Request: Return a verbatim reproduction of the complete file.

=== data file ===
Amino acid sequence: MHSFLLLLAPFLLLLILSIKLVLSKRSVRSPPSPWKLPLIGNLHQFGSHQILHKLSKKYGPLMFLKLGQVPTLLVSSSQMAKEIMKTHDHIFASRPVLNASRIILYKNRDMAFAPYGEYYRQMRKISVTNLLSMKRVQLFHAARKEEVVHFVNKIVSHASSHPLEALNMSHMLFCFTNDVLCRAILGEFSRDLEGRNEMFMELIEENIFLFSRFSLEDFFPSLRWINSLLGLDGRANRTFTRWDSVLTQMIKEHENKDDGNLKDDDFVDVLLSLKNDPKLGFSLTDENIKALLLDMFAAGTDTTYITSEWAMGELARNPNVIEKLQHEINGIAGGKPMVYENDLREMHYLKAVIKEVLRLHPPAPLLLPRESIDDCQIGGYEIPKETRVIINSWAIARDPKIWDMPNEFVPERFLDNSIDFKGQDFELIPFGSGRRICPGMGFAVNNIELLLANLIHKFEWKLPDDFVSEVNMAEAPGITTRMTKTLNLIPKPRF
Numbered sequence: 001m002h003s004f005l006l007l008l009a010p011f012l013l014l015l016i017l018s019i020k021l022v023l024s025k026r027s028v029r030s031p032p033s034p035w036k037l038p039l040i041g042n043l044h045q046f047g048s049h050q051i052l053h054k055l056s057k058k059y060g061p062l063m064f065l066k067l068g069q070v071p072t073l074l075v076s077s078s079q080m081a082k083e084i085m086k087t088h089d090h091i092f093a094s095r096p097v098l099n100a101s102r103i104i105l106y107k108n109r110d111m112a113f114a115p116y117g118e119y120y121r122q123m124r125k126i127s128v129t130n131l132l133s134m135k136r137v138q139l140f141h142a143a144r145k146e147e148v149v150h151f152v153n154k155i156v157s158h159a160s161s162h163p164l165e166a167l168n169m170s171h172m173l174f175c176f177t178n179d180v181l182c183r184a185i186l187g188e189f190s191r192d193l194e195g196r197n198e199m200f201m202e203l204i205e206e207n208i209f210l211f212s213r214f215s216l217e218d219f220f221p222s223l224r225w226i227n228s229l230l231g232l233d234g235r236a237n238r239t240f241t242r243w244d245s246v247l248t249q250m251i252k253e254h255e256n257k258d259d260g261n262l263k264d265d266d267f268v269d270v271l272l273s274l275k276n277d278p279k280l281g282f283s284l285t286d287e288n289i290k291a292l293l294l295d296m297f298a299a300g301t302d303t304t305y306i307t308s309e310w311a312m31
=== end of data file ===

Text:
Amino acid sequence: MHSFLLLLAPFLLLLILSIKLVLSKRSVRSPPSPWKLPLIGNLHQFGSHQILHKLSKKYGPLMFLKLGQVPTLLVSSSQMAKEIMKTHDHIFASRPVLNASRIILYKNRDMAFAPYGEYYRQMRKISVTNLLSMKRVQLFHAARKEEVVHFVNKIVSHASSHPLEALNMSHMLFCFTNDVLCRAILGEFSRDLEGRNEMFMELIEENIFLFSRFSLEDFFPSLRWINSLLGLDGRANRTFTRWDSVLTQMIKEHENKDDGNLKDDDFVDVLLSLKNDPKLGFSLTDENIKALLLDMFAAGTDTTYITSEWAMGELARNPNVIEKLQHEINGIAGGKPMVYENDLREMHYLKAVIKEVLRLHPPAPLLLPRESIDDCQIGGYEIPKETRVIINSWAIARDPKIWDMPNEFVPERFLDNSIDFKGQDFELIPFGSGRRICPGMGFAVNNIELLLANLIHKFEWKLPDDFVSEVNMAEAPGITTRMTKTLNLIPKPRF
Numbered sequence: 001m002h003s004f005l006l007l008l009a010p011f012l013l014l015l016i017l018s019i020k021l022v023l024s025k026r027s028v029r030s031p032p033s034p035w036k037l038p039l040i041g042n043l044h045q046f047g048s049h050q051i052l053h054k055l056s057k058k059y060g061p062l063m064f065l066k067l068g069q070v071p072t073l074l075v076s077s078s079q080m081a082k083e084i085m086k087t088h089d090h091i092f093a094s095r096p097v098l099n100a101s102r103i104i105l106y107k108n109r110d111m112a113f114a115p116y117g118e119y120y121r122q123m124r125k126i127s128v129t130n131l132l133s134m135k136r137v138q139l140f141h142a143a144r145k146e147e148v149v150h151f152v153n154k155i156v157s158h159a160s161s162h163p164l165e166a167l168n169m170s171h172m173l174f175c176f177t178n179d180v181l182c183r184a185i186l187g188e189f190s191r192d193l194e195g196r197n198e199m200f201m202e203l204i205e206e207n208i209f210l211f212s213r214f215s216l217e218d219f220f221p222s223l224r225w226i227n228s229l230l231g232l233d234g235r236a237n238r239t240f241t242r243w244d245s246v247l248t249q250m251i252k253e254h255e256n257k258d259d260g261n262l263k264d265d266d267f268v269d270v271l272l273s274l275k276n277d278p279k280l281g282f283s284l285t286d287e288n289i290k291a292l293l294l295d296m297f298a299a300g301t302d303t304t305y306i307t308s309e310w311a312m31